For FOX, he starred in and produced Kelsey Grammer Presents: The Sketch Show. In addition toproducing, Grammer has directed several episodes of Frasier, one of which earned him a DGAnomination.Grammer studied at the Juilliard School, then did a three-year stint at the Old Globe Theatre inSan Diego, performing Shakespeare and Shaw.In 2007, he returned to the stage to play Professor Higgins in “My Fair Lady,” for which hereceived critical acclaim. His other Broadway credits include "Macbeth" and "Othello.” He alsoperformed the title role in “Richard II” and Lucio in “Measure for Measure” at the Mark TaperForum in Los Angeles.Grammer was born at St. Thomas in the U.S. Virgin Islands and was raised in New Jersey andFlorida. He lives in the Los Angeles area with wife, Camille, and their two children, Mason andJude.KAY PANABAKER (Jenny, actress) is recognized by many from her role as angst-filled teen“Nikki Westerly” on the drama Summerland. Younger fans know her work on the DisneyChannel, including the telefilm Read It and Weep and a recurring role on Phil of the Future.Currently Kay plays “Lindsey Willows,” daughter of Marg Helgenberger‟s character on CSI:Crime Scene Investigation, while recent guest appearances include Medium, Ghost Whisperer,Boston Legal, Two and a Half Men, and Weeds.Last year, Kay was seen on the big screen playing best friend “George” to girl sleuth NancyDrew in the feature film adaptation of the classic book series, and was later seen on the smallscreen in Lifetime‟s Custody alongside Rob Morrow and James Denton. She plays the titlecharacter in Moondance Alexander, an award-winning family film that also stars Lori Loughlinand Don Johnson.She was also recognized in 2007 for her performance in the Dylan and Cole Sprouse film AModern Twain Story: The Prince and the Pauper.Extraordinarily focused, Kay has pursued a rigorous academic schedule in addition to her work,graduating as valedictorian of her high school at the age of 13, and then completing herundergraduate work in history at UCLA in March 2007 at the age of 17.When not working, Kay enjoys working with young people as a hands-on volunteer withdifferent children‟s charities, including The Young Storytellers Foundation, Starlight Starbright,and Children‟s Hospital.ASHER BOOK (Marco, singer) began his career at an early age onstage. He got his first breakat an open casting call for the theatrical production of Beauty and the Beast as “Chip.” Most ofAsher's experience stems from several years in theater, film, and television.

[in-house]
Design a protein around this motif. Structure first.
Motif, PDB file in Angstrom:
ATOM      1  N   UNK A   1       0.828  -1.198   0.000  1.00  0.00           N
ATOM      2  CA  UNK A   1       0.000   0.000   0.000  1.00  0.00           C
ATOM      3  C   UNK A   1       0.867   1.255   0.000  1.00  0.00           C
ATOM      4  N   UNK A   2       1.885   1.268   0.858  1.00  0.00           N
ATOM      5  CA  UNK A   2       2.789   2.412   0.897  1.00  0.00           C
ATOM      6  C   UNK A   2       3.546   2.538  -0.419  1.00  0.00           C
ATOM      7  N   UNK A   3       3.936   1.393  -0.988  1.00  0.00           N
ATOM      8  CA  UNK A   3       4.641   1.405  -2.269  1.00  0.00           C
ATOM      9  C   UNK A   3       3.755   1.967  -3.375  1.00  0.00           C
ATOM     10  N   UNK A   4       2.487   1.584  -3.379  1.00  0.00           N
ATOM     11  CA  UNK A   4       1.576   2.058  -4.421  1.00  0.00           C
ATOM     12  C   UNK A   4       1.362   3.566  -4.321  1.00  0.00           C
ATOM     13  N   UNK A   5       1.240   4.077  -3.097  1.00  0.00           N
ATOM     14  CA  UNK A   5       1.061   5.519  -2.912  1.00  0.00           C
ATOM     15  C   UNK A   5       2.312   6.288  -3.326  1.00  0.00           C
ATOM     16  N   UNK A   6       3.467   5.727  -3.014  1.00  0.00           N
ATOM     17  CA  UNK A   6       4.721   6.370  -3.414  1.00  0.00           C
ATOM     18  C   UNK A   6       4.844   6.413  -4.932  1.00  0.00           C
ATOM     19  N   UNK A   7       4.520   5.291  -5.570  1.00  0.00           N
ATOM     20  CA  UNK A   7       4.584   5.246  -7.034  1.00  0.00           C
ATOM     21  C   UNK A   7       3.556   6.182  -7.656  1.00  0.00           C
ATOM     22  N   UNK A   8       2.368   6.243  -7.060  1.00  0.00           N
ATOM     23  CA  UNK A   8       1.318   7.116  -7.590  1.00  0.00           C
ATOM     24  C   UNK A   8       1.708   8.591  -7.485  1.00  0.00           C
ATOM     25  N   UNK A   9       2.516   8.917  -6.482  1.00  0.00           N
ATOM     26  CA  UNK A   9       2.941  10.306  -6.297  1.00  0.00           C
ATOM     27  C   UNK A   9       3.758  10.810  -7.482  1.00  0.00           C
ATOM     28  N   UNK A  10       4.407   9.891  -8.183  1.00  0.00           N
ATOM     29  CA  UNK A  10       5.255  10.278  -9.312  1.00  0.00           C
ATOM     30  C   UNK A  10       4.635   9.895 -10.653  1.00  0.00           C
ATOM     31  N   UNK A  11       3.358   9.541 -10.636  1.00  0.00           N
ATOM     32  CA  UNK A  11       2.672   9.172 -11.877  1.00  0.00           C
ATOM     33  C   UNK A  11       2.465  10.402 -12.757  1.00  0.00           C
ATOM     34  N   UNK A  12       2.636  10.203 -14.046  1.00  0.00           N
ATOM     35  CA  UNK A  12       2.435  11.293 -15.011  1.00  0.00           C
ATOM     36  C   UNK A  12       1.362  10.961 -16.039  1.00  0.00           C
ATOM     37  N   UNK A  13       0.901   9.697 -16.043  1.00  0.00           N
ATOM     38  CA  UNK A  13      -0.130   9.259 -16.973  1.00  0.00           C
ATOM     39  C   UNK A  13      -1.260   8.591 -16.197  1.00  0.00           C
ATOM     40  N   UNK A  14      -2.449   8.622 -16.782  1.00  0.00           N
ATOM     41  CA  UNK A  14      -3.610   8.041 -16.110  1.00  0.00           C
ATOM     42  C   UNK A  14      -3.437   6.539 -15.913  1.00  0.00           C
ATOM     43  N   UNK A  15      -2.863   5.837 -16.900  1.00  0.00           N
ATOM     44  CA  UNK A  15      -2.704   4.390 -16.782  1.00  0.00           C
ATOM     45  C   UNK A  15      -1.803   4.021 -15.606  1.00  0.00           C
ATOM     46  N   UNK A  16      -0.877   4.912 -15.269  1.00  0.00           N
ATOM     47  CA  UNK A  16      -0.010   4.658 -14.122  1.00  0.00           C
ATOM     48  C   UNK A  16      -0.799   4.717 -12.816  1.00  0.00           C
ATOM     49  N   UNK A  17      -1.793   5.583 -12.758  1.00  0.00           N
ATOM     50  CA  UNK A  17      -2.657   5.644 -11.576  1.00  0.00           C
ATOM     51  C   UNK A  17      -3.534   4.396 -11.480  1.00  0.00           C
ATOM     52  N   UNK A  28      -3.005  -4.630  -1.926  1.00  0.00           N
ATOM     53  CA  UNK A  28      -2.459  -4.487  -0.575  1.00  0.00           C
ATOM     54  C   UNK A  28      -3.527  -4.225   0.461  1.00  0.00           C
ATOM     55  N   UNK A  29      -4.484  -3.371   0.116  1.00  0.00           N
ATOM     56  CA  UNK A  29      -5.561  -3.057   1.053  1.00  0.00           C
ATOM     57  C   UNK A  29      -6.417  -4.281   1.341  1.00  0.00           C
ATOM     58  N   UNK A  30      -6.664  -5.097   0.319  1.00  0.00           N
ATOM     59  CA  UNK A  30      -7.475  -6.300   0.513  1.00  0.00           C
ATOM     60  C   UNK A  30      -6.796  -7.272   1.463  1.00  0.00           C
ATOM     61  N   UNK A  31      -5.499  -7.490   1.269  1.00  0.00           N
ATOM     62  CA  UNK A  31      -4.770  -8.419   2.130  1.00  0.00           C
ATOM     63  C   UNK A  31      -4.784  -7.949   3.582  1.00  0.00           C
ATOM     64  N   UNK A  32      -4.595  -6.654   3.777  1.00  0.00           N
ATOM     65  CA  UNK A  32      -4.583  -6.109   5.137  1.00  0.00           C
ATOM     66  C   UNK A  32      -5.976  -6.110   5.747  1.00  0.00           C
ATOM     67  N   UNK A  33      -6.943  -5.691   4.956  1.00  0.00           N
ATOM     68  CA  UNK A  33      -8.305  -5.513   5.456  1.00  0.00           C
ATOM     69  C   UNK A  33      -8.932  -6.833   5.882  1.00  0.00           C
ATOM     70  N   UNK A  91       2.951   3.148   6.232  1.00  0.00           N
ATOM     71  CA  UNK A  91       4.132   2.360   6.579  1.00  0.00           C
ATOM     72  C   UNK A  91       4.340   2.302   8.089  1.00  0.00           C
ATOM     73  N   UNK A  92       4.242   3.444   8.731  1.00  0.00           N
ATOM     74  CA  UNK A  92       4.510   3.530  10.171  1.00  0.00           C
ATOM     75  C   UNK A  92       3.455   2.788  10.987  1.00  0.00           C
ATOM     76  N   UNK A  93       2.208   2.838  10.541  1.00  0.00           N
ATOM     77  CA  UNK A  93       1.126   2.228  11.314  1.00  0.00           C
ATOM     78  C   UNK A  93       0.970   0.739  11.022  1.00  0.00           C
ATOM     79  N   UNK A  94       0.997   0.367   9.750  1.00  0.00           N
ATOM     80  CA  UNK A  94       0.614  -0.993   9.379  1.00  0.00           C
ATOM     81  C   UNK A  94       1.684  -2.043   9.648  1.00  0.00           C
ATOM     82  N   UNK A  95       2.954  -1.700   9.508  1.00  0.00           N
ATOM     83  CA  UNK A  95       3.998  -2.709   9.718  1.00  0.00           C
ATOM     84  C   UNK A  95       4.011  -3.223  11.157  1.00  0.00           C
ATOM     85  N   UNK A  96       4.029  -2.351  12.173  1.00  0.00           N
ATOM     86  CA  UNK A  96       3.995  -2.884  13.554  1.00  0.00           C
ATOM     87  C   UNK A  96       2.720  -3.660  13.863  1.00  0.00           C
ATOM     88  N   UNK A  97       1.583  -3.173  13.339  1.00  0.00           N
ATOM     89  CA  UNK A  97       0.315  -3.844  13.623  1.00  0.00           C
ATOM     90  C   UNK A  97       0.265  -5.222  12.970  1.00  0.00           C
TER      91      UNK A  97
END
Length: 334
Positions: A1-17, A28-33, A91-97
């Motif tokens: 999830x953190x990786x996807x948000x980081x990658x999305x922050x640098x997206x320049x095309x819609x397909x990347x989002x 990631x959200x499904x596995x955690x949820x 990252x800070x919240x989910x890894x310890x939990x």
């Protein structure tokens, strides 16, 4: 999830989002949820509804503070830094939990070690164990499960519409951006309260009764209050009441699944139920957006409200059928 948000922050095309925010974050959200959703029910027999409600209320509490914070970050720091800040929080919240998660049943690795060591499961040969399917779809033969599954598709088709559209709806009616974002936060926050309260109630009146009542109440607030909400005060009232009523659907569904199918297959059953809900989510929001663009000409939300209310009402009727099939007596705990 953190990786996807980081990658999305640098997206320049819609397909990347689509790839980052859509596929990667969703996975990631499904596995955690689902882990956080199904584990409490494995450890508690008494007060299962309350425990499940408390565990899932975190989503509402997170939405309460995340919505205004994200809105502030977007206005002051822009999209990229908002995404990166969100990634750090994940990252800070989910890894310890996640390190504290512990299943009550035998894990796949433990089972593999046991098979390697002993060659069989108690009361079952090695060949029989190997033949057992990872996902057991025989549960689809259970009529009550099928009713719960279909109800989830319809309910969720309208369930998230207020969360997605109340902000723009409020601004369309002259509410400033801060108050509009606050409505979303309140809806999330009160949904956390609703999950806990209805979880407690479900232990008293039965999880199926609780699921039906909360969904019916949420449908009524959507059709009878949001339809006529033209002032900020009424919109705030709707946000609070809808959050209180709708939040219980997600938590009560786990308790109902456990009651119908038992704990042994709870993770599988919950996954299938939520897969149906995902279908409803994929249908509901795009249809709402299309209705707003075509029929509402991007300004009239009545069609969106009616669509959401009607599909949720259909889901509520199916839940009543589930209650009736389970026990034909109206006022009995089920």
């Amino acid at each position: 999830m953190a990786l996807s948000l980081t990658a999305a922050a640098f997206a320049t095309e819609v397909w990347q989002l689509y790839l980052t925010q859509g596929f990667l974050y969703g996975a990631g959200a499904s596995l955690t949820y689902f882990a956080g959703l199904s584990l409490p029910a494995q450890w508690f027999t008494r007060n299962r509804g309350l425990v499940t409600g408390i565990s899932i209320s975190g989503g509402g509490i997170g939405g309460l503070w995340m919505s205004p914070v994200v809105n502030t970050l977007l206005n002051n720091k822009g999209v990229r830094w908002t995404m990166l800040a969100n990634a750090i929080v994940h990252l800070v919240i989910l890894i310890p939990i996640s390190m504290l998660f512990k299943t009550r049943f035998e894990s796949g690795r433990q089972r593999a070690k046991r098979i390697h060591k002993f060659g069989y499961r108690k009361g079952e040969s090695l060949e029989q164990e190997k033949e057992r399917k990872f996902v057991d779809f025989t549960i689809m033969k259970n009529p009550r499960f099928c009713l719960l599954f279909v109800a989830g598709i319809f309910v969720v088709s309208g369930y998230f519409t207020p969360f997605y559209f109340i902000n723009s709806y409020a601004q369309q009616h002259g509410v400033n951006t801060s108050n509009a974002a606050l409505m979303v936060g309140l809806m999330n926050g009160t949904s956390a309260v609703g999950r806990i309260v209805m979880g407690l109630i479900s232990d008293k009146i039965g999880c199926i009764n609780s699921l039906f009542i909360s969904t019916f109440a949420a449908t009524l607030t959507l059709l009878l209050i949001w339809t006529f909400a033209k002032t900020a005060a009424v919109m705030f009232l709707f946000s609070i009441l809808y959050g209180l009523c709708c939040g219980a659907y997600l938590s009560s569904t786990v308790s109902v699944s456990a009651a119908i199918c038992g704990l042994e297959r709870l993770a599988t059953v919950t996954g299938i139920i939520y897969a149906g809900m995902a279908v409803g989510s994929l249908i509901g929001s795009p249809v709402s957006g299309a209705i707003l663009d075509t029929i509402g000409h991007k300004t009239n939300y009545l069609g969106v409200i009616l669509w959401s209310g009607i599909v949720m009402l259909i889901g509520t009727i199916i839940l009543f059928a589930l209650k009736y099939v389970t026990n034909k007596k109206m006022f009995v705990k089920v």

Theatrically, he played the principal role of "Oliver" in Oliver, and he was in the film ComeAway Home, the original television movie Pop Rocks, and had guest-starring roles on Mediumand Zoey 101.Asher currently performs as a member of the pop vocal group V Factory, which is gearing up torelease its debut album on Warner Bros. Records next year. V Factory spent last May on anationwide trek across the country for the first-ever “Bandemonium” tour.Asher loves to travel, and recently ventured to the Sundance Film Festival to support his friendsand their films and to spend time on the slopes skiing, one of his most favorite pastimes.When not bundled up in the mountains, he's learning to ride waves on the California coast andlooking for any opportunity to go horseback riding.He also stays involved in many community service activities.KHERINGTON PAYNE (Alice, dancer) was born and raised in Orange County. As a two-yearold in diapers, she couldn't wait to begin dance lessons. Kherington also had a great love forsoccer, and although it was challenging to balance both, she found a way.On top of dance and athletics, she also found time to take acting lessons and modeling jobs forNike, McDonald‟s, Limited Too, Mattel, Amy Byer, and Disney. When Kherington turned 18,she was determined to audition for So You Think You Can Dance.After being accepted onto the show, she made it as a “Top 10” contestant. Kherington is thrilledand grateful to be a part of the “Fame” cast.DEBBIE ALLEN (Angela Simms, principal) continues to be one of the most respected,relevant, and versatile talents in the entertainment industry, and is an internationally recognizeddirector, choreographer and author.As Culture Connect Ambassador, Ms. Allen represented the U.S. in visits to Brazil, China, Italy,and India, expanding the opportunities in arts education for young people all over the world.She is a member of the prestigious President's Committee on the Arts and Humanities, a boardmember of the American Film Institute, and an executive committee member of UCLA's Schoolof Theatre, Film, and Television.Debbie Allen has received three Emmy Awards honoring her choreography, and two Emmys andone Golden Globe for her role as "Lydia Grant" in the hit series Fame.She then moved from acting to directing, first with the series Fame, followed by Family Tiesand Bronx Zoo before taking the reins at NBC's A Different World as director and producer in1988.